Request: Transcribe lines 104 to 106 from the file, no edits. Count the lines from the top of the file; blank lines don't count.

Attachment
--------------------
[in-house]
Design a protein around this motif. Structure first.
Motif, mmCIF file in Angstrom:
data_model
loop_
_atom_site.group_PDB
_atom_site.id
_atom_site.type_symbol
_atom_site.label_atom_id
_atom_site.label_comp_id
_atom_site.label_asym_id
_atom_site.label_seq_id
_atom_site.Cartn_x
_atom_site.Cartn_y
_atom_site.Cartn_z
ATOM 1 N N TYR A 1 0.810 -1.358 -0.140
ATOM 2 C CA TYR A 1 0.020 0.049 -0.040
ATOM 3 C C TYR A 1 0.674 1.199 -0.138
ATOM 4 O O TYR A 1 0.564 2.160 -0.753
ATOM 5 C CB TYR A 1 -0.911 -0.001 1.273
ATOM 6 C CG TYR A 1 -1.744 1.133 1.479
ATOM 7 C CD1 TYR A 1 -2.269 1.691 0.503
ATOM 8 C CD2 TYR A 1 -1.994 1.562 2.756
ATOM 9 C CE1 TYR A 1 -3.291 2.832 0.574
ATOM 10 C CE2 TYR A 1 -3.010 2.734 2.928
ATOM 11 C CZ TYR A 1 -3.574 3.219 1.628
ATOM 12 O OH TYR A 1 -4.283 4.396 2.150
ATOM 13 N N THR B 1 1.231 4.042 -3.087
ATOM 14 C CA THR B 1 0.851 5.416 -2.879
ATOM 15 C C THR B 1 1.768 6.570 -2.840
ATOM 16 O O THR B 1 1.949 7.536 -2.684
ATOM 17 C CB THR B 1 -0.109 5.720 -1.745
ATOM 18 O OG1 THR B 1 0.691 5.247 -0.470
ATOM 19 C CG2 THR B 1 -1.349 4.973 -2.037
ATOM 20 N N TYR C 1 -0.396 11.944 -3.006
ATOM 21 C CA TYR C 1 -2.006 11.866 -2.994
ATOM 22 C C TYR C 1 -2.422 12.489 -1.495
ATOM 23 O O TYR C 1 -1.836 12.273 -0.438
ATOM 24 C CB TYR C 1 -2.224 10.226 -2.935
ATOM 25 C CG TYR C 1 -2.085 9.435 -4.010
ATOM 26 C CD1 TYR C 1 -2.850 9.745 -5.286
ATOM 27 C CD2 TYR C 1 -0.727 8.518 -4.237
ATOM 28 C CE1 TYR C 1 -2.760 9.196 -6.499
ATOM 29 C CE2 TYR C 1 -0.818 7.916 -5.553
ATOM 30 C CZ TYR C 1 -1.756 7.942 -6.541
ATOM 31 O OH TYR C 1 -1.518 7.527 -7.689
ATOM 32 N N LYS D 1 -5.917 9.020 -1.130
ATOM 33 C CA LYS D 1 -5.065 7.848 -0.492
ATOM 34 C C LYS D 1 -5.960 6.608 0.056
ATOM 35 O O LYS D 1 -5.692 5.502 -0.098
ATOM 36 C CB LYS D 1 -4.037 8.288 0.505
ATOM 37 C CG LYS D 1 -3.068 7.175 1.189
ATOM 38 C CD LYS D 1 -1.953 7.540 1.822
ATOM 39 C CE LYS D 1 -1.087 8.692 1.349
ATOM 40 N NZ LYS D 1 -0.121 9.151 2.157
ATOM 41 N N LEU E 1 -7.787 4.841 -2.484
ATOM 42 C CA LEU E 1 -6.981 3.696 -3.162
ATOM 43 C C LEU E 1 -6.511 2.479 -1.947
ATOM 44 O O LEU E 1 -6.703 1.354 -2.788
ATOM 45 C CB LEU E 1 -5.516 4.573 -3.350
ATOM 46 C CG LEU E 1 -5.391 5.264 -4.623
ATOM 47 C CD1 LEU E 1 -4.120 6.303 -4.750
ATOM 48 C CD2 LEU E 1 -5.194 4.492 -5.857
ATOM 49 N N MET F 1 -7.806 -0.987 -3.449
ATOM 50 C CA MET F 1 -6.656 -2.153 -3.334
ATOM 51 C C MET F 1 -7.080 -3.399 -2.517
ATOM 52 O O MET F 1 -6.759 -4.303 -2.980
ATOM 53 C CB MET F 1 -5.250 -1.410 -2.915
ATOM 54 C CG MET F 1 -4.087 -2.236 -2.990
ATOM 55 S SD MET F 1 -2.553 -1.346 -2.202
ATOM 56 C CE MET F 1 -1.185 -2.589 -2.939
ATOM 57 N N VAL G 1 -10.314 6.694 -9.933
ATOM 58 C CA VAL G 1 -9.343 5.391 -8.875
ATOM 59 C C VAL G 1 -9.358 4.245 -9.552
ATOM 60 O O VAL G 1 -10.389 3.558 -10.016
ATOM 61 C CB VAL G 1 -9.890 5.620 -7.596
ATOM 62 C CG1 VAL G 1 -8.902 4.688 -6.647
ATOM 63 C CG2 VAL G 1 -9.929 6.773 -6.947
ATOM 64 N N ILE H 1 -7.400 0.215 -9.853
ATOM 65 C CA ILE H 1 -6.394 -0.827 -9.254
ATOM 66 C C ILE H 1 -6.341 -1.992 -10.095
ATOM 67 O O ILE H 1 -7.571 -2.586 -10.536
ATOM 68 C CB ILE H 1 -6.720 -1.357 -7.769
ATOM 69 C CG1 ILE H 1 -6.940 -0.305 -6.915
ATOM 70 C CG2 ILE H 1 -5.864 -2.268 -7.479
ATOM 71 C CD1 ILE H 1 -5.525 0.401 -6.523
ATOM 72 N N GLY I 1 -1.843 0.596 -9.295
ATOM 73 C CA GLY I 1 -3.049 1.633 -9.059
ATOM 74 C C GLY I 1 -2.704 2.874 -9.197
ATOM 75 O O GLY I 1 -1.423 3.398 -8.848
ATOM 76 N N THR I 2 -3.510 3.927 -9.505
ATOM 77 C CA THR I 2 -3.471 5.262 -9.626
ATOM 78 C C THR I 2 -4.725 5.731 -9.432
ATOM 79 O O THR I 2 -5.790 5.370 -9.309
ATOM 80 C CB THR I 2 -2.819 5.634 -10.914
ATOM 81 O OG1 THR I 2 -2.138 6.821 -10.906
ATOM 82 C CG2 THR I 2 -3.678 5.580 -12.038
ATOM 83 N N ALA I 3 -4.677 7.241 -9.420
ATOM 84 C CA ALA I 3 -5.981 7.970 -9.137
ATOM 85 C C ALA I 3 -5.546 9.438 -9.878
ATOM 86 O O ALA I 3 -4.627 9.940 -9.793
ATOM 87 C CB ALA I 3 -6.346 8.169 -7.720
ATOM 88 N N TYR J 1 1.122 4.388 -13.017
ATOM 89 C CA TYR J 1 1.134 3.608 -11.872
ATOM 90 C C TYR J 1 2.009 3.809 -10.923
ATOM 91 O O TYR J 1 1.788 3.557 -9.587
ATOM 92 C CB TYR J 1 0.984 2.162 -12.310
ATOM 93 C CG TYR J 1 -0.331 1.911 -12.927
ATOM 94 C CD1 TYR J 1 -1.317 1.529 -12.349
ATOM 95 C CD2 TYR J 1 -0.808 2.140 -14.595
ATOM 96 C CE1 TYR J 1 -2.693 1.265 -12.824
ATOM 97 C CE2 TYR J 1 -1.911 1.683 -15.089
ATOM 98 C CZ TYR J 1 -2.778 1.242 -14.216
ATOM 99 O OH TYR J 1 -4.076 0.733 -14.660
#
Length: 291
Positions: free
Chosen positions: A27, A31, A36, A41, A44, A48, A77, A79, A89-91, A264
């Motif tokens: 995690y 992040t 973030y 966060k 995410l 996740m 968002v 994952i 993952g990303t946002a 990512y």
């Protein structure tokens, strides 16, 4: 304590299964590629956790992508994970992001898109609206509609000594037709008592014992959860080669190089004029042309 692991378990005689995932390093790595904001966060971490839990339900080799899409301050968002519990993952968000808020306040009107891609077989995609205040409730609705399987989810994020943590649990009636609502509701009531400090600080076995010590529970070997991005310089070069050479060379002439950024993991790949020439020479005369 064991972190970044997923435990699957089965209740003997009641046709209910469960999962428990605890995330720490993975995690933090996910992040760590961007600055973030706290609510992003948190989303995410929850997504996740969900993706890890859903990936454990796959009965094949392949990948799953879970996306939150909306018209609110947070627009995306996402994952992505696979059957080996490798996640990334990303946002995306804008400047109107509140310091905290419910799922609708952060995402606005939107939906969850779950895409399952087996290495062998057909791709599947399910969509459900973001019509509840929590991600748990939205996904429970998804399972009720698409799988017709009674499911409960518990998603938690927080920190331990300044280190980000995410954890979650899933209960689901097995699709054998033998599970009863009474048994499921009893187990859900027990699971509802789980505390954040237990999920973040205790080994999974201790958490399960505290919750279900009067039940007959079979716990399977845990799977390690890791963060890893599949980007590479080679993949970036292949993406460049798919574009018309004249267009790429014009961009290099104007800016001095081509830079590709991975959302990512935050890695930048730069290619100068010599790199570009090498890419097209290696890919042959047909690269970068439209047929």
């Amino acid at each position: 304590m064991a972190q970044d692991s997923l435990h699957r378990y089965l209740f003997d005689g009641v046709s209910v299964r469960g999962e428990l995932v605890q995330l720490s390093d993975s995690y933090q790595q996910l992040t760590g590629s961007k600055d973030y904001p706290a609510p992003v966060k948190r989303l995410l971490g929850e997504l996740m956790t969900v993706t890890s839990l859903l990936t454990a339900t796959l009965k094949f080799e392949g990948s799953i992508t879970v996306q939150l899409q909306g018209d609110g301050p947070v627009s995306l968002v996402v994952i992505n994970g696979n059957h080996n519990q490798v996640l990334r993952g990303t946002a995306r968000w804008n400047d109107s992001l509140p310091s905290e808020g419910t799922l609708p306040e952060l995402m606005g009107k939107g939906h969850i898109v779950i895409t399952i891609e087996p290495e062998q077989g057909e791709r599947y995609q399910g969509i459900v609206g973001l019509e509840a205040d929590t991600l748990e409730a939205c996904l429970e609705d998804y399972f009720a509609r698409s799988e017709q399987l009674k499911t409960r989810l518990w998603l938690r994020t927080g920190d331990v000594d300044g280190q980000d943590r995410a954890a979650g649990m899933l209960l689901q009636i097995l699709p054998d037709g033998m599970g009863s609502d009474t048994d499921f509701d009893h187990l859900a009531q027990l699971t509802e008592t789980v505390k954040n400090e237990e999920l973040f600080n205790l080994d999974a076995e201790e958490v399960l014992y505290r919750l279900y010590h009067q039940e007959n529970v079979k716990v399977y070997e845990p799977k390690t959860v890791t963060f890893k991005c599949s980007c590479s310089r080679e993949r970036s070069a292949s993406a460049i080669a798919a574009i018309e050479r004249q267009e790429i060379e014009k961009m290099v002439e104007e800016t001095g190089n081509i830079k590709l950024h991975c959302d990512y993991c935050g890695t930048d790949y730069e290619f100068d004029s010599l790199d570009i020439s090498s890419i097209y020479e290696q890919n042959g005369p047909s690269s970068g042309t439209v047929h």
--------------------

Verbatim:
ATOM 89 C CA TYR J 1 1.134 3.608 -11.872
ATOM 90 C C TYR J 1 2.009 3.809 -10.923
ATOM 91 O O TYR J 1 1.788 3.557 -9.587